"Never again...never again."
That was the underlying theme of Holocaust survivor Paul Kessler’s message to Weatherford High School students Jan. 28.
Kessler represents a handful of Holocaust survivors living in the Dallas-Fort Worth area who are willing to speak about their experiences and teach the lessons of the Holocaust to encourage especially young people to stand against hate and prejudice.
Kessler was born in Slovakia and was a 5-year-old boy when the Nazi armies entered the country and the village where he and his family lived. He and his mother were hidden by courageous farmers while his father and grandmother were captured and taken to Auschwitz concentration camp.
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Shortly after the war ended and he emerged from the darkness, Kessler said only seven of the 20 in his family had survived. His grandmother returned safely but his father did not.
“I was the only Jewish child in that village to survive,” Kessler said.
In 1951, Kessler’s mother arranged for his family to come to the United States where they relocated to Los Angeles when Kessler was 12. It wasn’t until much later in his adult life that he began researching the history of his family at Auschwitz.
“I am forever grateful for the freedoms and opportunity I have been able to enjoy in life,” Kessler said to the students.
But his most important message to the students, he said, didn’t come from his story but from the lessons that could be learned from the Holocaust.
“My story is just one of many and it’s not what’s important,” he said. “We don’t want our past to become our future...the message is more important than ever.”
Posing the rhetorical question of “how do you kill 11 million people?” Kessler answered by saying, “you lie to them and get yourself elected.”
“The main problem wasn’t [Adolph Hitler], it was the people who elected Hitler leader,” Kessler said, adding that the Holocaust actually began in 1933 when Hitler began executing the disabled for being what he considered “useless eaters.”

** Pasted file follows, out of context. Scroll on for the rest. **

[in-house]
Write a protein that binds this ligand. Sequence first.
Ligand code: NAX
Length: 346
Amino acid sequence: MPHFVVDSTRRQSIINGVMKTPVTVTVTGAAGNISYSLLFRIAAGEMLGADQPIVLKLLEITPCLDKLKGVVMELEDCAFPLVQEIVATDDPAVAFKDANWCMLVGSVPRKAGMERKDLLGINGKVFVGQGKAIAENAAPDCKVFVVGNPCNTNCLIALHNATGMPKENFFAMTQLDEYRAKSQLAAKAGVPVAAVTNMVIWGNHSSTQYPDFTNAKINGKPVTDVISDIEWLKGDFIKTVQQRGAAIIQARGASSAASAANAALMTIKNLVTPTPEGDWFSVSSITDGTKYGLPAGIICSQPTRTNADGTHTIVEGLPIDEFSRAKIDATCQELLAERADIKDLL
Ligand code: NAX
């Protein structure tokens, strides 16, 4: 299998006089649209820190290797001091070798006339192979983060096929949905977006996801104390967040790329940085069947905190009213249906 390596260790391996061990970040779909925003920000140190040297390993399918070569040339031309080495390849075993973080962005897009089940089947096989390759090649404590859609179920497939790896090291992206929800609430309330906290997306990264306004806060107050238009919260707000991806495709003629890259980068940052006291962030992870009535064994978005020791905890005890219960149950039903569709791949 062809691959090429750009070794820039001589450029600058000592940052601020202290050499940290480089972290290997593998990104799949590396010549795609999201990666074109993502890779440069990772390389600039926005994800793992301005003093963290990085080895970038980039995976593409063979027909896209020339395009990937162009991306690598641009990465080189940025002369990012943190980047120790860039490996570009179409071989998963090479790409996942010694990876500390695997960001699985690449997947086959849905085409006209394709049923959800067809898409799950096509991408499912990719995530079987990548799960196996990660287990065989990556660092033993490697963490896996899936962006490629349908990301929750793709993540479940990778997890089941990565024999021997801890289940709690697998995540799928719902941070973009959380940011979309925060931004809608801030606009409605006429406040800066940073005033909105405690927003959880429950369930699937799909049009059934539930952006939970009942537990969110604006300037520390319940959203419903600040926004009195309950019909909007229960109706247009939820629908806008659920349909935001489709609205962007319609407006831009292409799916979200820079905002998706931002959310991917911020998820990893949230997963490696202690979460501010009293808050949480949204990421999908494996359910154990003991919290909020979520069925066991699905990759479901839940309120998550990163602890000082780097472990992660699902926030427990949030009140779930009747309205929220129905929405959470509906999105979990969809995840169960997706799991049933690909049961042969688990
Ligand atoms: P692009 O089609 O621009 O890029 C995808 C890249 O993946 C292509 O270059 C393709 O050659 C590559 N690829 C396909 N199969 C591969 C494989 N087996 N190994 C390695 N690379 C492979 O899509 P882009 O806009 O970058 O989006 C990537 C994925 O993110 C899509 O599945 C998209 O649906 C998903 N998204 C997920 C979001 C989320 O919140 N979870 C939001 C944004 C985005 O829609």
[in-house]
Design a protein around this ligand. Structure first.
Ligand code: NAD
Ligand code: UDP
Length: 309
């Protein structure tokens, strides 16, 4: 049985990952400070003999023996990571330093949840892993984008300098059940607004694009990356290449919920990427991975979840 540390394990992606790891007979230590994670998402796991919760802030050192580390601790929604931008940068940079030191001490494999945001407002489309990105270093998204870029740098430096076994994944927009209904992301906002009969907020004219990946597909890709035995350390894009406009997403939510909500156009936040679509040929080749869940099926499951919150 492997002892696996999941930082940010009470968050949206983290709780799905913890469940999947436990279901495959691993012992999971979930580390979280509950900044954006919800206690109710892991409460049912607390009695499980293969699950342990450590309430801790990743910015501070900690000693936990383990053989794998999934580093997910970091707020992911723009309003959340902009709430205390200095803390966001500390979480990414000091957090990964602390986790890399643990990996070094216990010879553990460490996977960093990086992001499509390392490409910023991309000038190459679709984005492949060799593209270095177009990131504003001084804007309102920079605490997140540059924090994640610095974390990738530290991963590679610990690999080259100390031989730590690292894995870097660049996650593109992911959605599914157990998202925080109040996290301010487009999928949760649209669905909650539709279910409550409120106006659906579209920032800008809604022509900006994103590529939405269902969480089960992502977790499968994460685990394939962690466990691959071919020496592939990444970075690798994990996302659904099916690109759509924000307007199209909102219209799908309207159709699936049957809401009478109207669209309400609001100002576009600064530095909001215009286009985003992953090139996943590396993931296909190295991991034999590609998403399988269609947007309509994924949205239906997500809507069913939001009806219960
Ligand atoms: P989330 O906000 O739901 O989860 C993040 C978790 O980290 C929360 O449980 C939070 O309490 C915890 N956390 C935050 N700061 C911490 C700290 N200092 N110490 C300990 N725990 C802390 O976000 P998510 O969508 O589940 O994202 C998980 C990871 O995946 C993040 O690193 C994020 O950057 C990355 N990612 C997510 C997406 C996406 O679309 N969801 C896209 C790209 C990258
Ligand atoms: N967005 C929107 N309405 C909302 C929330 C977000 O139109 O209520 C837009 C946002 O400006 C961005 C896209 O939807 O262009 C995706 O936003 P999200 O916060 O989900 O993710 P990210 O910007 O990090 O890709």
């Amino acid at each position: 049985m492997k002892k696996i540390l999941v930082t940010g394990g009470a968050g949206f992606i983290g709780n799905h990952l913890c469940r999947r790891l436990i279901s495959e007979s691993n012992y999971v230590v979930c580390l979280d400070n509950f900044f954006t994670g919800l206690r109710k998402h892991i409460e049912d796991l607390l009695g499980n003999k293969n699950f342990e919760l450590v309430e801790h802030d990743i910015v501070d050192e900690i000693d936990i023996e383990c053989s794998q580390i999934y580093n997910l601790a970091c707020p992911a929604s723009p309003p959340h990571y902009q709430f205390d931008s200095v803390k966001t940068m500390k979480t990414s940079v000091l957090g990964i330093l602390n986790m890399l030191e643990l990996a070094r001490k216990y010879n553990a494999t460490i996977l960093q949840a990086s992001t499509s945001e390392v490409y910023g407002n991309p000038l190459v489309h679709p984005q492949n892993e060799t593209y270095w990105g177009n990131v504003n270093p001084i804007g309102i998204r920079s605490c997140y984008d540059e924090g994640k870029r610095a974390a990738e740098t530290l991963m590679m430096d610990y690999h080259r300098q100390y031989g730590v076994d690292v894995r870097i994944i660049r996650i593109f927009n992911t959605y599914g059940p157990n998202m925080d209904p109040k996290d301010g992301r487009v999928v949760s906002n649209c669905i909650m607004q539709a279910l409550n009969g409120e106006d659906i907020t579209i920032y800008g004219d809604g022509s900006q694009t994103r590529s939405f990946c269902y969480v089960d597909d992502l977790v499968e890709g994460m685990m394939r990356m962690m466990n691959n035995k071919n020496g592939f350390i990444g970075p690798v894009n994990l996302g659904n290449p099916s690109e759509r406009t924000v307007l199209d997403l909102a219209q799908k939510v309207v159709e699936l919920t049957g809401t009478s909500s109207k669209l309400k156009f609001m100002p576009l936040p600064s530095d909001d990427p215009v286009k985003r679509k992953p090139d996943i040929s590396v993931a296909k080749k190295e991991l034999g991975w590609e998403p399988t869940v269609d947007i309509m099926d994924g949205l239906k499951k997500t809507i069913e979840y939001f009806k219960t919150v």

To prevent another horrific event from happening in the future, Kessler said the students had two choices.
“You can either be an upstander or a bystander,” he said. “Imagine how many people had to be silent for the Holocaust to happen? Don’t be silent when you witness hate.
“There is no reason religion or color of our skin should divide us.”
What might’ve been
Kessler also asked the students to consider the many children who perished in the Holocaust.
Citing statistics of how many Jewish people have been Nobel Prize winners, Kessler said it will never be known what the many who died may have accomplished later in their lives.
“The tragedy is we will never know what they might have done to better this world,” he said. “You have the chance to be what those children didn’t and can be anything you want to be. Don’t squander that; take advantage of it.”
He also challenged the students to give their best each day and then better that by 1 percent the next day. He also told them to ask themselves what they would’ve done if they had been alive during the Holocaust but, more importantly, what will they do going forward?
When he was finished, the students in attendance - who packed the Jerry Durant Auditorium during their MegaLunch period - gave Kessler a standing ovation.
WHS principal Lyn Pool then addressed them.
“What a gift you’ve been given today,” she said. “Take what you heard today and use it; that’s your challenge. Silence doesn’t work.”
She then invited those who could stay longer to do so and Kessler then took questions.
“We have to stand and fight evil,” Kessler said in response to one student. “Every day, people are getting blown away and beheaded and it seems like we are worse off than before. People will sell their soul to get something for nothing.”
When asked if he thought another Holocaust would have to happen in order for people to listen, Kessler said he hoped not. He added also that the tragedy of 9/11 is what prompted him to research more about his family’s history and that it was eye-opening for him.
“Auschwitz is not only a concentration camp, it’s a cemetery where I visit the remains of my father,” he said. “I feel very fortunate to share the lessons; it’s not about the past but about the future.”
Melissa Winn, 817-594-9902, Ext. 104